As a young music dog growing up in the 1960s, I first became acquainted with great American blues artists due to the noble efforts of British rockers like The Rolling Stones and The Animals. And later my appreciation of blues from bygone eras grew deeper -- especially country blues artists -- thanks to the noble efforts of contemporary musicians like Henry Saint Clair Fredericks, better know to the free world as Taj Mahal.
Taj is still kicking at the age of 78. And some of those old songs he recorded are immortal. Here are just a few of them.
Let's start out with this Sleepy John Estes tune called "Diving Duck Blues." (Taj's version is HERE)
The opening line of the song, "If the river was whiskey and I was a diving duck" has been used in some adaptations of another song, "Hesitation Blues," (sometimes called "If the River Was Whiskey,") which Taj also covered. This is a 1930 version of that by hillbilly giant, Charlie Poole:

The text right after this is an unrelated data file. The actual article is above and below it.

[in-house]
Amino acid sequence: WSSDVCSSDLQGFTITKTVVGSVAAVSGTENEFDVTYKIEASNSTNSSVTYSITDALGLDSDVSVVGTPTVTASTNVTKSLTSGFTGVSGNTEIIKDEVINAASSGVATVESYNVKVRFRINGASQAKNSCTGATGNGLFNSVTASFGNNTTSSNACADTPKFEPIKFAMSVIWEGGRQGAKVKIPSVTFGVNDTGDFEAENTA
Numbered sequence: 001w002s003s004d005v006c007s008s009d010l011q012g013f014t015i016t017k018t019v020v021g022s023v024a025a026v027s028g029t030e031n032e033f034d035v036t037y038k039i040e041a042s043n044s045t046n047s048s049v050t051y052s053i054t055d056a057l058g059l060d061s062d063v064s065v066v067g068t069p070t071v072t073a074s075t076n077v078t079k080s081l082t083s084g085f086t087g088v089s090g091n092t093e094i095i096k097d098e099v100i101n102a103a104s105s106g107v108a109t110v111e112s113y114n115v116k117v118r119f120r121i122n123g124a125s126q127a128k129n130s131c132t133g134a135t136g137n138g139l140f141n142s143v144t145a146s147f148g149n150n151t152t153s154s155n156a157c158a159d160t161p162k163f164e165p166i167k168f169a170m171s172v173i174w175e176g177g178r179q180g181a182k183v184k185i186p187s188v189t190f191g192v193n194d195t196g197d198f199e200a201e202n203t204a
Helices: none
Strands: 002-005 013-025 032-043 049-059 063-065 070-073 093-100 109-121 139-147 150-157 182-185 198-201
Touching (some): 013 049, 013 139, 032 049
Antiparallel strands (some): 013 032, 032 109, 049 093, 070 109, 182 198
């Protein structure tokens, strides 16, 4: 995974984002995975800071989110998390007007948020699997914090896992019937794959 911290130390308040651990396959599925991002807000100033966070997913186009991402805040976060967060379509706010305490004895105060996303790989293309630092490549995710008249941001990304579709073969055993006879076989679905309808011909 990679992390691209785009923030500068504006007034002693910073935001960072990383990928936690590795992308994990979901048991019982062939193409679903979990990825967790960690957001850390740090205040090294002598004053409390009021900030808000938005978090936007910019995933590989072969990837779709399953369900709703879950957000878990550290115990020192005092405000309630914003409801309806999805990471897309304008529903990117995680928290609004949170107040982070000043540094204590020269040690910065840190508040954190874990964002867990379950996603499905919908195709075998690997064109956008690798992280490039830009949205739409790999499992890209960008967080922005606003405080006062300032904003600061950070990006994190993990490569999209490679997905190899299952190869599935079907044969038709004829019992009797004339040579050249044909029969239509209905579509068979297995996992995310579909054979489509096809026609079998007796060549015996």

Taj loved Robert Johnson and covered his song "Walkin' Blues."
This probably is my favorite Taj song ever. He got it from Henry Thomas, a Texas-born bluesman who recorded it in 1928. Before I was familiar with Taj's version of "Fishing Blues," I'd already heard The Lovin' Spoonful's stab at it. Taj's version though sounded true and authentic.
And, leaving the realm of country blues, Taj did a funky version (with Linda Tillery) of R&B titan Louis Jordan's "Beans and Cornbread."
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